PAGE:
I hope you enjoyed this little tutorial! I had a lot of fun making these and it really became a matter of becoming comfortable with the paper and then it was kind of like a little click! Suddenly it was very simple! I highly suggest this craft as it is really satisfying and quite easy. If you like doodling this is going to be fun for you!

Comments and Criticisms are welcome!
<p>I really want to try this... Can't wait to get started. Thank you for the clear instructions.</p>
<p>Many years ago I worked on some quilling projects. I put my design under glass (with tape) and worked on my pattern. Do you think I could glue the letter onto glass and work on the design on the glass. When it is done, I could remove it w/ a straight edge razor blade (carefully). Do you think this would work?</p>
<p>I am not sure.. I think if you had enough points at which it was strongly joined then you could probably retain the shape easily enough. I might add tabs to some of the pieces, so there is a bit more bonding the paper to the exterior shape, but yeah, go for it. If it was me, I would probably start with something small, just so that if it didn't work out, then I wouldn't have spent a lot of time on something when the technique didn't fly. I have seen some really successful things done with putting a piece of stryofoam down and the pattern on top of that and then cellophane on top of that. Then, by using toothpicks around the exterior of the shape you can keep the paper in shape without having to glue it down to something, just gluing the sides or the edges of the paper to each other. I would love to see it, if you do try it out though!</p>
I'll let you know. I'm afraid by working directly onto the paper, the paper will be a mess before I'm finished. The Monogrammed outline is the only part I'm really worried about. Thanks for replying.<br>
<p>I think I may use this in my local groups craft get together. I just ordered an awesome quilling kit, but I like the idea of wider strips, and I have a bunch of card stock and a paper cutter. I think I will get canvas boards to do these on. Your letters are so whimsical. like ocean waves. thanks for sharing this.</p>
<p>i love quilling i don't have quilling tool thanku very much</p>
<p>Very well done, pics and instructions on point!</p>
<p>Just found quilling and loving it. Your tutorial was really good and answered questioned that I had and couldn't find answers for like the paper warping. Looking forward to more tutorials by you!</p>
I have never heard of quilling before. I have to say, I am impressed. This looks like a lot of fun! You did a great job, it turned out beautiful! I'm definitely going to give it a shot!
You did a beautiful job!! Wat size was the font you used?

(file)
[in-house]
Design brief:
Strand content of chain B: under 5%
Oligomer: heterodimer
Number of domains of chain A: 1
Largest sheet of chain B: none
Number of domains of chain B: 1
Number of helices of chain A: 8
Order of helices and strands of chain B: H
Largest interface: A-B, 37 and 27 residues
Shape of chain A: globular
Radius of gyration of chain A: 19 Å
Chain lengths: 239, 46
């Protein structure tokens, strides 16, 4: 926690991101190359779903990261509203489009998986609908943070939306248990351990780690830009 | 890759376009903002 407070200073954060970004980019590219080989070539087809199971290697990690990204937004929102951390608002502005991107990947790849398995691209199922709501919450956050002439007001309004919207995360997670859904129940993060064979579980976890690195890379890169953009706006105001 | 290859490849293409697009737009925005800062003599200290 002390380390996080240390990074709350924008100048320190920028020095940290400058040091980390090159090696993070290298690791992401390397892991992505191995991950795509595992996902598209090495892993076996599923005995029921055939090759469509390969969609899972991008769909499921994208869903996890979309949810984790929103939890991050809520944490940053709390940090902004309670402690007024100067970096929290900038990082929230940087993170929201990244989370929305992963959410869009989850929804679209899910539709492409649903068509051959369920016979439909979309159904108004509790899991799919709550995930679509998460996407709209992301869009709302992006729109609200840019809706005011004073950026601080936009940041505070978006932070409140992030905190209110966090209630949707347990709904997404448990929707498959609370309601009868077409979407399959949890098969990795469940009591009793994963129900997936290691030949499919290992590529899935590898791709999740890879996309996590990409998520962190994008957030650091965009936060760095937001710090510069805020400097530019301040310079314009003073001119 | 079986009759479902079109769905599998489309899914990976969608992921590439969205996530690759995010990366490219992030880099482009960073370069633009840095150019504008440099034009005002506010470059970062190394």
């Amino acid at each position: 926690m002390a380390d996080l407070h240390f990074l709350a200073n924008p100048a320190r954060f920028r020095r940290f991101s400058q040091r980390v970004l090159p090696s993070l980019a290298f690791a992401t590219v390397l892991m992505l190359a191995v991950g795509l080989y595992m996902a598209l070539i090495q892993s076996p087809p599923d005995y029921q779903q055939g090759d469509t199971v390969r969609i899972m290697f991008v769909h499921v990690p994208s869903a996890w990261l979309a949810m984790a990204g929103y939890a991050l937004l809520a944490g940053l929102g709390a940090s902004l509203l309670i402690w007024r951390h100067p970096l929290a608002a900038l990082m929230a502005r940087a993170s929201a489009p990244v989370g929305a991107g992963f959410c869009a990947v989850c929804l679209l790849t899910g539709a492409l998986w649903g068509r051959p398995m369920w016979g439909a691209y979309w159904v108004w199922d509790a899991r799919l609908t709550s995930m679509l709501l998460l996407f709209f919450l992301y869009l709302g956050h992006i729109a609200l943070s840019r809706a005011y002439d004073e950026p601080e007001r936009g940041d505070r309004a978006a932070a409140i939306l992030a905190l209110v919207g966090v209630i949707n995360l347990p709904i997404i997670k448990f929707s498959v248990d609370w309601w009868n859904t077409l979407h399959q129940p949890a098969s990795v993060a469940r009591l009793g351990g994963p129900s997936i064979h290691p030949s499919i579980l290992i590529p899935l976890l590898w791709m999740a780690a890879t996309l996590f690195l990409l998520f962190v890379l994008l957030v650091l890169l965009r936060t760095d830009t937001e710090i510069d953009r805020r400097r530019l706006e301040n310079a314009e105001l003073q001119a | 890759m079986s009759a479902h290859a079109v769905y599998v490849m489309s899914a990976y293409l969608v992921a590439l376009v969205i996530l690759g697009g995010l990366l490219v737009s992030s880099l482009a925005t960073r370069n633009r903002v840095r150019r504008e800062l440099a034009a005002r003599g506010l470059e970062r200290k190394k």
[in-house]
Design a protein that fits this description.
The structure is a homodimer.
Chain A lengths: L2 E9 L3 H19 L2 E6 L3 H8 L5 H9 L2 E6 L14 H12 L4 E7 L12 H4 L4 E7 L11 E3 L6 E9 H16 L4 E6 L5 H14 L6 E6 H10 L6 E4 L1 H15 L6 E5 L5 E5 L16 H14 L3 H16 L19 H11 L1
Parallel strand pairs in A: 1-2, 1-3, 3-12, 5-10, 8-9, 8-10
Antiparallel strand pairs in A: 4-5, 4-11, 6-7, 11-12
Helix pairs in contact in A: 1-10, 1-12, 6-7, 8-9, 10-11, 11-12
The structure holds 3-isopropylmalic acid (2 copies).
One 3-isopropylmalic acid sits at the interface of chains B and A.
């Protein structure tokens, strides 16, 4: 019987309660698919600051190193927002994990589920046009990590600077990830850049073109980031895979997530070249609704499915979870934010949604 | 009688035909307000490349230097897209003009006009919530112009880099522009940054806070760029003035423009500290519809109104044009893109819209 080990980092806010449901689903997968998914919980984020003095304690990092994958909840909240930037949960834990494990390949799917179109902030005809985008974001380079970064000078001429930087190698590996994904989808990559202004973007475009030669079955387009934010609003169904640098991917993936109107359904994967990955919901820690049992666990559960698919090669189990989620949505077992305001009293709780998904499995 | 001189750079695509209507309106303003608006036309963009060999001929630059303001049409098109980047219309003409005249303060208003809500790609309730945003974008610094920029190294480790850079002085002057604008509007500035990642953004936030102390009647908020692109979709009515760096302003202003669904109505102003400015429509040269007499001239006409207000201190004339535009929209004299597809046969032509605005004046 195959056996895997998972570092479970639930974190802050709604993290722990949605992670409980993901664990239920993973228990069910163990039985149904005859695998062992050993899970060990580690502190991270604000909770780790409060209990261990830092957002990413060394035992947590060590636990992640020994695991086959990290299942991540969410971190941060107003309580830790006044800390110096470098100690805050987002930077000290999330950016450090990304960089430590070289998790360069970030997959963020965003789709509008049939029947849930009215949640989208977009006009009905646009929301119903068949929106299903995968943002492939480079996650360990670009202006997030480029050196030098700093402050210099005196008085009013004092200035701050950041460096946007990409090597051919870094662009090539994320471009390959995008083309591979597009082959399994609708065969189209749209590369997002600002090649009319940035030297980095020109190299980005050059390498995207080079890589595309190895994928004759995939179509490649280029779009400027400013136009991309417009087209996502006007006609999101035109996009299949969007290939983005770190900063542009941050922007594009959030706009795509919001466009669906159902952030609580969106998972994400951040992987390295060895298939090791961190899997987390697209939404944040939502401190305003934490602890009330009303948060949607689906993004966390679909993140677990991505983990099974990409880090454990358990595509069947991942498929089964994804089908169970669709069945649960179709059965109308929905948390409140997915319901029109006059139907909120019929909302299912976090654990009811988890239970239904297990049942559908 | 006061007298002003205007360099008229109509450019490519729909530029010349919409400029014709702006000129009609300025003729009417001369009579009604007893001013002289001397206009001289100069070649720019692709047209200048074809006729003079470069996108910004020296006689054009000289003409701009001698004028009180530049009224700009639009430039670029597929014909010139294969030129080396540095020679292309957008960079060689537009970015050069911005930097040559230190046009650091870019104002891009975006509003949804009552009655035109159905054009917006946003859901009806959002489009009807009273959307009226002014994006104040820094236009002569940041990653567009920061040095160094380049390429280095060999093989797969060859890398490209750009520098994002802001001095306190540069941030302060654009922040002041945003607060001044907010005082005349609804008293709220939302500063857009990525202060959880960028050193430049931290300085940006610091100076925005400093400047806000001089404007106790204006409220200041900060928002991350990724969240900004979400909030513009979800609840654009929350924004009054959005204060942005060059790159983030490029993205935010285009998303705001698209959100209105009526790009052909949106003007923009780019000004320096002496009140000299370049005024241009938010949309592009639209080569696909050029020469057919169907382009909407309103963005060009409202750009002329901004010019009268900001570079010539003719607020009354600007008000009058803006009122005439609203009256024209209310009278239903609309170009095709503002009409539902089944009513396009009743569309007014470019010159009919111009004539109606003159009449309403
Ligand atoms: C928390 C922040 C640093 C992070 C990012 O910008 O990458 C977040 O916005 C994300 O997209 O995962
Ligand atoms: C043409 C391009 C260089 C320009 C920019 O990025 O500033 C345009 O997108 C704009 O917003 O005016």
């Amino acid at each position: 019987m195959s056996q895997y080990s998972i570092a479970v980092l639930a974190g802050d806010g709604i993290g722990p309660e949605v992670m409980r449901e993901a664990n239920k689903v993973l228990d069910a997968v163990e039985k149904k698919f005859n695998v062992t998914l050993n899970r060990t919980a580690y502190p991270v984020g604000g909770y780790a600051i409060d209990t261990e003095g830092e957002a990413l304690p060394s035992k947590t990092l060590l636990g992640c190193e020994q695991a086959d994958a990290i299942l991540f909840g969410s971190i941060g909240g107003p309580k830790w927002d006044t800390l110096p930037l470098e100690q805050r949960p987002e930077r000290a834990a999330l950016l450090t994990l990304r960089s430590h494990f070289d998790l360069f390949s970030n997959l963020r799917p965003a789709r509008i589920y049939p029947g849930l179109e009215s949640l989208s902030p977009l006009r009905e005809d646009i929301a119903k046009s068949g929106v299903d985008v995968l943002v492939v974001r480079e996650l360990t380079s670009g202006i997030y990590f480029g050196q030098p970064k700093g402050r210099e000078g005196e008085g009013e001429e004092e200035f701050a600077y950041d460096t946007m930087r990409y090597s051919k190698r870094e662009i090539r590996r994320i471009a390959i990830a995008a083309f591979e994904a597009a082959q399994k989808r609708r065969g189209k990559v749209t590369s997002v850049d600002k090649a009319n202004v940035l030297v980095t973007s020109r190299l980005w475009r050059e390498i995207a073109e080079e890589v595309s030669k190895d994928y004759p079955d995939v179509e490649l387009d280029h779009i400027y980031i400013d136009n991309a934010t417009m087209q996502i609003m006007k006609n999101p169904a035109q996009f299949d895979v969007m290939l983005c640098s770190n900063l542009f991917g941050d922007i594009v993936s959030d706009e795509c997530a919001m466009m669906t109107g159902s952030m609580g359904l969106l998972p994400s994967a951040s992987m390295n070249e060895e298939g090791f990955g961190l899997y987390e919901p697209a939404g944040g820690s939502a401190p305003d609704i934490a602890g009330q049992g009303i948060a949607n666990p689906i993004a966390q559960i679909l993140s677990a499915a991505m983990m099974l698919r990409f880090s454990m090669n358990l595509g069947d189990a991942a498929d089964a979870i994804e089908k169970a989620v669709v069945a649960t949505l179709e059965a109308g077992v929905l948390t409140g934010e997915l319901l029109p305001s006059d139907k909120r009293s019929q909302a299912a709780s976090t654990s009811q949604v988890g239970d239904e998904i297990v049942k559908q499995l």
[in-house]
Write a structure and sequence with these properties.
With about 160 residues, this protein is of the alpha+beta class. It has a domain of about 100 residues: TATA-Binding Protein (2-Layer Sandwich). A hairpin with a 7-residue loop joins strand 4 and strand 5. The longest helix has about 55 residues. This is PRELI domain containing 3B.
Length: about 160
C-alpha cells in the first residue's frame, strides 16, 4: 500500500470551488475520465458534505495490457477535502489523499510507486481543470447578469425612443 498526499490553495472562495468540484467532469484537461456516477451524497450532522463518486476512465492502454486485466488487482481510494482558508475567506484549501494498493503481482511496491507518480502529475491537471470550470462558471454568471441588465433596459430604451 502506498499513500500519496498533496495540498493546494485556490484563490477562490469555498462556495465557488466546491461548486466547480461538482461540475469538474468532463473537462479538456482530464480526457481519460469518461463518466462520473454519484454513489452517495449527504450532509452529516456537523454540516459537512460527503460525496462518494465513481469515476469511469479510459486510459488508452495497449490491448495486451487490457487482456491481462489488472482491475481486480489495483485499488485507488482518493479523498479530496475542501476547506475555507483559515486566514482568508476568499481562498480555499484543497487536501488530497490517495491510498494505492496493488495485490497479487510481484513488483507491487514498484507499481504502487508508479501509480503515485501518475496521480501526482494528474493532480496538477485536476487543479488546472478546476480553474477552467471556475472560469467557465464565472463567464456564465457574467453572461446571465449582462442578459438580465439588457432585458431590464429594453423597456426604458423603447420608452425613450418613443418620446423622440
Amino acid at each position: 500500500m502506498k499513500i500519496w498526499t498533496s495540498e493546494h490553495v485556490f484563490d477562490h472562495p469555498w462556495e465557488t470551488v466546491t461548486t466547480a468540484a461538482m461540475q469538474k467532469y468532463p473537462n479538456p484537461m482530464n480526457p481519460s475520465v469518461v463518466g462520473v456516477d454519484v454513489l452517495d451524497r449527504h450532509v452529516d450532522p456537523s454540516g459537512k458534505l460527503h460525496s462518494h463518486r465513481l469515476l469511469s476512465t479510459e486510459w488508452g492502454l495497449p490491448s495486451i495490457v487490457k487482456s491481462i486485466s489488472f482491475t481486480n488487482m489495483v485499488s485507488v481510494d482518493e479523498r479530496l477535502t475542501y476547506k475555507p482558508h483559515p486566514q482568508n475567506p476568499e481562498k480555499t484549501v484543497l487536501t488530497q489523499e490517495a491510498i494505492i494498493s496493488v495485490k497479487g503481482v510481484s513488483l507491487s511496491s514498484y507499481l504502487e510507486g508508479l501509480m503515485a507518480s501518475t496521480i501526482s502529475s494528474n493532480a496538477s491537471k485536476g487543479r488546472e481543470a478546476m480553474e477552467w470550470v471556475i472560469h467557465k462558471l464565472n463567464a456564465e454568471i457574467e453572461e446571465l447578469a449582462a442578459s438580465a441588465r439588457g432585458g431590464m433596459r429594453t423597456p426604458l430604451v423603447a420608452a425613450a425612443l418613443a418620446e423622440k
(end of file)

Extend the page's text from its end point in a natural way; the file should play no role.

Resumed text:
Do you mind if I use one of your photos of your amazing work along with a link to your instructable in a &quot;where to go from here&quot; step at the end of a beginner's Quilling instructable I have been trying to make for about nine months?
Go for it!
Thanks!
I have just stumbled upon this beautiful craft and would like to ask, what would you recommend using to &quot;seal&quot; the completed art? A spray lacquer or a clear acrylic perhaps?
This is beautiful, thank you very much for posting.
That's great. I've done, more or less 10 years ago, with the same style, a simple (a lot simpler) greating card with flowers, but it was broken after a while. Maybe too little glue. This is very handsome, congratulations!
I have no idea about the longevity of this. I just used regular school glue. I guess time will tell!
These are absolutely gorgeous! After I finish all my projects for clients...I'm going to try these!! I love letters for decorating...so this will be so fun. Thank you for such a great I-ible. : )
Quilling is so pretty. I saw this -ible posted by a friend's friend on her Facebook wall. Congrats!
I love your creativity. It's so wonderful you are up there! Thank you, thank you, thank you!!!!!!<br>
Nice project, it's an entirely new one to me. Am I understanding correctly that you just glue the edge of the paper to the base paper, or is there some kind of support structure?
No support structure, just glue it down onto the paper. I think ( as this is my first project really with quilling) that you can make shapes with quilling without having a base to glue it onto, as long as you do it on a surface that glue won't adhere to. So basically I mean that if I had made what I did on say a piece of wax paper, and when it was dry I peeled off the wax paper, I think that the C would retain it's shape. The curly cues on the outside maybe not so much but the quilling contained in the letter probably would.
wow, very nice written on the wall,beautiful.i hope the cardboard stock and round toothpick did not cost much,i like it
Toothpicks were from the dollar store - so 1$ <br>If I had known from the beginning how little sheets of paper I would have needed I could have gotten away with buying 10 sheets of cardstock by themselves at 30 cents a pop that would bring me to 3.00. However because I thought I would need a lot for some reason I bought packages of assorted colours which cost me $8.00 total. So this was an extremely cheap costing craft. If you already have paper that are coloured all the way through ( not just printed on top so that will give you white edges instead of coloured..) It would be even cheaper, but my paper supply was low. However now I have a bunch of papers that I can do all sorts of stuff with!
Thanks so much for posting this instructable. I used to quill when I was young, and I think I'm missing it now! Also thanks for the link to Yulia's page, that is truly gorgeous work.
Excelent work... So creative and beautiful!!! thanks for sharing
Gorgeous!
Really quite lovely! I have always been fascinated by quilling and tend to doodle a great deal myself-I look forward to trying this out soon-I bet doing a portrait with a blown up photo behind a glass backing for template would be intriguing to play with and see what kind of abstract expression could come from it.<br>Thank you for the inspiration!
If you do that please share, I think that sounds like a great idea, and I would love to see it!
So beautiful! I've seen this before and thought it must be incredibly difficult! Maybe I'll just have to give it a try!
Simply amazing!

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Bio: I am a propmaker in Canada, with a penchant for the geek. I play ukulele, I have a Scotty Dog and I am usually found ... More »